Proof
We observe that the definition of inversion depends only on length,
so does not depend on the choice of axes.
Thus, if C is an extended line, then we may assume that it is the real axis, so i_{C}(z)=z*.
If C is a circle, we may assume it is z=r, so i_{C}(z)=r^{2}/z*.
Suppose that A and B are inverse with respect to L,
and have complex coordinates a and b respectively.
Then, from Apollonius Theorem, L = A_{k}(A,B) for some k.
Hence L has equation za = kzb.
If C is the real axis, then i_{C}(L) has equation
z*a = kz*b
For any complex w, w = w*. If we apply this to both sides, we see that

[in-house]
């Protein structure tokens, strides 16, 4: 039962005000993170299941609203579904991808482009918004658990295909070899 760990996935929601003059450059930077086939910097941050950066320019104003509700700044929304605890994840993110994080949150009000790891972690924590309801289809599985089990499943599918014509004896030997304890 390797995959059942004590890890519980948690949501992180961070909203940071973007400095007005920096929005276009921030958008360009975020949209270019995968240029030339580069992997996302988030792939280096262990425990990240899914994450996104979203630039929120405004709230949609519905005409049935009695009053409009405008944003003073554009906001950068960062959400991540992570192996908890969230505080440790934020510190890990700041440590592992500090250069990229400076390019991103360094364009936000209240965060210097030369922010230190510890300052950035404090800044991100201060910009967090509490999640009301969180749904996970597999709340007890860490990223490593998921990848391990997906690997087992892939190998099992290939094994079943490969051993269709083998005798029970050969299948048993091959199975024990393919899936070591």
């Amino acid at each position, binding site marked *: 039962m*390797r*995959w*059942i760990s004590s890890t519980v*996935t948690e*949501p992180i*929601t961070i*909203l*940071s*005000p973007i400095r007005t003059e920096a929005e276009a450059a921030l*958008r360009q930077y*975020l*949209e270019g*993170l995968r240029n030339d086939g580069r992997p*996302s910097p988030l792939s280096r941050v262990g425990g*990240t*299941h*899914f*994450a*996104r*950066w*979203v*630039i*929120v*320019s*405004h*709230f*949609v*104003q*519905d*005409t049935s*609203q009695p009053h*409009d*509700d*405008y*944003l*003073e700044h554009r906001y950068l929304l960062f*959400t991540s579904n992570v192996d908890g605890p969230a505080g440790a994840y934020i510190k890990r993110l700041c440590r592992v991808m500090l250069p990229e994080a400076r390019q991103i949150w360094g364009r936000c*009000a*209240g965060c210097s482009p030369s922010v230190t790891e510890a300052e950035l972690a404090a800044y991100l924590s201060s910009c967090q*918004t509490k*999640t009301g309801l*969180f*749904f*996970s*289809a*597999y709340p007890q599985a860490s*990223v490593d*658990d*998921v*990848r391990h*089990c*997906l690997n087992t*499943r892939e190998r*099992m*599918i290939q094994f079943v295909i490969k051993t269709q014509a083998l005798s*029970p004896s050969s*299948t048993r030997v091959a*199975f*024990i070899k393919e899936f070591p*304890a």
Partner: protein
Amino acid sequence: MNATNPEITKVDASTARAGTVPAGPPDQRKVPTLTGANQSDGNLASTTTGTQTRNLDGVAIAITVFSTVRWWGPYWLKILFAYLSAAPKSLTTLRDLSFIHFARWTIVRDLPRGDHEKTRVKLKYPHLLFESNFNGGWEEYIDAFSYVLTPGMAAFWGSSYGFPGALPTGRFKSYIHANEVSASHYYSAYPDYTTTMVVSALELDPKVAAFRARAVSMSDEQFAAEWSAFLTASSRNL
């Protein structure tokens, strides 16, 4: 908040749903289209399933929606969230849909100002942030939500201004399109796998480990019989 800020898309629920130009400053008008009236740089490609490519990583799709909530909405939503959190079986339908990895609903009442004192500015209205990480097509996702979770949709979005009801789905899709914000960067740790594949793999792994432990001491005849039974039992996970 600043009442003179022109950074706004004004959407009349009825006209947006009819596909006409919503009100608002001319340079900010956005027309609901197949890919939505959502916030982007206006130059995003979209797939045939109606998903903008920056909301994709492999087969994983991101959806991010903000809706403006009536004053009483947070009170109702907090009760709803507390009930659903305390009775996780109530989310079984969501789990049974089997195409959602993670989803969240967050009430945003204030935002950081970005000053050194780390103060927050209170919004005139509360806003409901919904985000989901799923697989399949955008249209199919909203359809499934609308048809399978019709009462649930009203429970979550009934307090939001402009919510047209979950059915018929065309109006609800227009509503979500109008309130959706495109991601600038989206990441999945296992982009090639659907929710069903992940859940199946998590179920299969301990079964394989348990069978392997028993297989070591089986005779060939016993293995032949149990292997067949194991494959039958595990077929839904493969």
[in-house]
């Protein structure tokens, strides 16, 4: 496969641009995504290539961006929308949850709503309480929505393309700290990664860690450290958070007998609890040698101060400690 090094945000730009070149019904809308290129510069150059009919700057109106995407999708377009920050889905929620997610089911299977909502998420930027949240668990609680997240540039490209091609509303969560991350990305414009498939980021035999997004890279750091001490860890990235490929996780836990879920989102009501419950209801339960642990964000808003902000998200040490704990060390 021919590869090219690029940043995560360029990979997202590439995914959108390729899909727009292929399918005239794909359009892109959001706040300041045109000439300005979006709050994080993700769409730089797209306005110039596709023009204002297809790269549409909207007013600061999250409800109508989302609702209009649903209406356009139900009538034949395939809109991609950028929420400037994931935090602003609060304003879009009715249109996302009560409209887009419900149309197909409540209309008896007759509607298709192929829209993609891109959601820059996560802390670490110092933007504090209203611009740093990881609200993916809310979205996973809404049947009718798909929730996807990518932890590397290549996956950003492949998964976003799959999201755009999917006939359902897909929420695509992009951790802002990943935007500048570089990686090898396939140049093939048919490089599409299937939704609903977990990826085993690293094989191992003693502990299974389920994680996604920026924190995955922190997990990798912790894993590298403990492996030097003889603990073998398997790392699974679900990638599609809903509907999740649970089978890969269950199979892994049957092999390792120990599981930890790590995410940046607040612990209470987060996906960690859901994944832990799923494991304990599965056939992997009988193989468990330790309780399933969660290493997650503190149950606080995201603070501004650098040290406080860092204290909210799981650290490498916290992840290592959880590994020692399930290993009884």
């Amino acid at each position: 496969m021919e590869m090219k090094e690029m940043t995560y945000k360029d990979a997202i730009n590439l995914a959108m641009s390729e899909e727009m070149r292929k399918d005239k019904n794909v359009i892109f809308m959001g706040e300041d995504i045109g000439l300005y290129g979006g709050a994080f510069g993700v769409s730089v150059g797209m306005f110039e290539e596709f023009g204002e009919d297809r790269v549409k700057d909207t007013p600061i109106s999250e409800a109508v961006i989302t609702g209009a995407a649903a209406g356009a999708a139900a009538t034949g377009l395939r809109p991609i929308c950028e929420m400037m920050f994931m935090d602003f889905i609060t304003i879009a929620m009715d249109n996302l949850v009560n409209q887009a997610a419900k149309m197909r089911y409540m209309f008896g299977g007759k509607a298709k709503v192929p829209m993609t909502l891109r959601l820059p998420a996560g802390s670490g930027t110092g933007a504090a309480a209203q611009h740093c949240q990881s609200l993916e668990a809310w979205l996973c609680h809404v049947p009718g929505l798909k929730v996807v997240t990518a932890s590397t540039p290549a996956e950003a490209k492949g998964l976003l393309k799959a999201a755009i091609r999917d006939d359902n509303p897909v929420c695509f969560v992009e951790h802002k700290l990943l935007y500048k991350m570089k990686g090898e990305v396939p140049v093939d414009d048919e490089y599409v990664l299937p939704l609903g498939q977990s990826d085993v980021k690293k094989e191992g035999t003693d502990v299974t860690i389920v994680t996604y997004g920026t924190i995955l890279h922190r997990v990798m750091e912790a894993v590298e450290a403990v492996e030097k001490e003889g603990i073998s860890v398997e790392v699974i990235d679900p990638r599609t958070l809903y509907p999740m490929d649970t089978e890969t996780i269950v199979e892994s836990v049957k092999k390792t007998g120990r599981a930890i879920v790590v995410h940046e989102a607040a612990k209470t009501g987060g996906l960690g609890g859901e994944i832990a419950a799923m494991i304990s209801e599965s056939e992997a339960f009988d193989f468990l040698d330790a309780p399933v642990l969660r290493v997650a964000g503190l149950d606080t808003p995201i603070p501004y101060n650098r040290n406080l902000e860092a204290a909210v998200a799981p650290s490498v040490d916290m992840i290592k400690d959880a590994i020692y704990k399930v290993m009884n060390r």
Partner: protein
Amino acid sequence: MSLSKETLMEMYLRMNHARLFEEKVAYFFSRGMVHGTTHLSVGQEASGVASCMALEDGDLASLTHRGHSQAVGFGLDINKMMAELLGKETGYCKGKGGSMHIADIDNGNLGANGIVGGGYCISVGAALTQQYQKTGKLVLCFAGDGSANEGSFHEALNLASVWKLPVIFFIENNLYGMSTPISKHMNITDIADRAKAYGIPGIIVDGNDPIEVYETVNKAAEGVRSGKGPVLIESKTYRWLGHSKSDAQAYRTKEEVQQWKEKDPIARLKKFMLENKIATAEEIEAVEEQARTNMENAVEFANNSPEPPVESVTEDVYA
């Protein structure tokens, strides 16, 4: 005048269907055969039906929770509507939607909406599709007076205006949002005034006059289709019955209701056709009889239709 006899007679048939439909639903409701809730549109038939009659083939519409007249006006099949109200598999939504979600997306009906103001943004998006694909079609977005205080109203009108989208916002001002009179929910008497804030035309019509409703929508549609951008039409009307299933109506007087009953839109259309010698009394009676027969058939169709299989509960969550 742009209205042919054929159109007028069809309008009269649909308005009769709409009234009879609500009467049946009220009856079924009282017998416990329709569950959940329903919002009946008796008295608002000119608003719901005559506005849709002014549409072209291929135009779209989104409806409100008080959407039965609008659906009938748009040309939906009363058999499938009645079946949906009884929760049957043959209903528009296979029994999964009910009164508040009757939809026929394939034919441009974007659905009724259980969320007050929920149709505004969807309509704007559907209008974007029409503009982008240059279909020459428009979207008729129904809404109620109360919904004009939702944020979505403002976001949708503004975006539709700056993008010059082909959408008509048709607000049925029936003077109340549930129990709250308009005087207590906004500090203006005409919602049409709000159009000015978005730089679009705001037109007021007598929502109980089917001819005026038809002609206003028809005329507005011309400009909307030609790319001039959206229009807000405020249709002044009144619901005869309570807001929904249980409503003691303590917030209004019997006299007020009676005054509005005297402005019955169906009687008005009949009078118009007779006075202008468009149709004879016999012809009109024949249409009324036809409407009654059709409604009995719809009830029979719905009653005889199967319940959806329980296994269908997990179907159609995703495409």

i_{C}(L) has equation za* = kzb*,
i.e. zi_{C}(a) = kzi_{C}(b).
Thus i_{C}(L) belongs to A_{k}(i_{C}(A),i_{C}(B)).
It follows from Apollonius theorem that i_{C}(L) is an iline
and that i_{C}(A) and t(B) are inverse with respect to it.
If C is the circle z=r, then i_{C}(L) has equation
r^{2}/z*a = kr^{2}/z*b.
Now if we multiply each side by z*/a, and apply conjugation to each side,
we get
r^{2}/a*z=kb*/a*r^{2}/b*
z.
Now, since w = w and i_{C}(z)=r^{2}/z*, the equation becomes
zi_{C}(A) = kb*/a*zi_{C}(B).
Once again, i_{C}(L) is an iline, and i_{C}(A) and i_{C}(B) are inverse with respect to it.
Suppose that B is the inverse of A with respect to L, i.e. that B = i_{L}(A).
The second part of the theorem says that i_{C}(B) = i_{L'}(i_{C}(A))
Thus, as B = i_{L}(A),
i_{C}(i_{L}(A)) = i_{L'}(i_{C}(A)).
Since this holds for any A, the third part follows.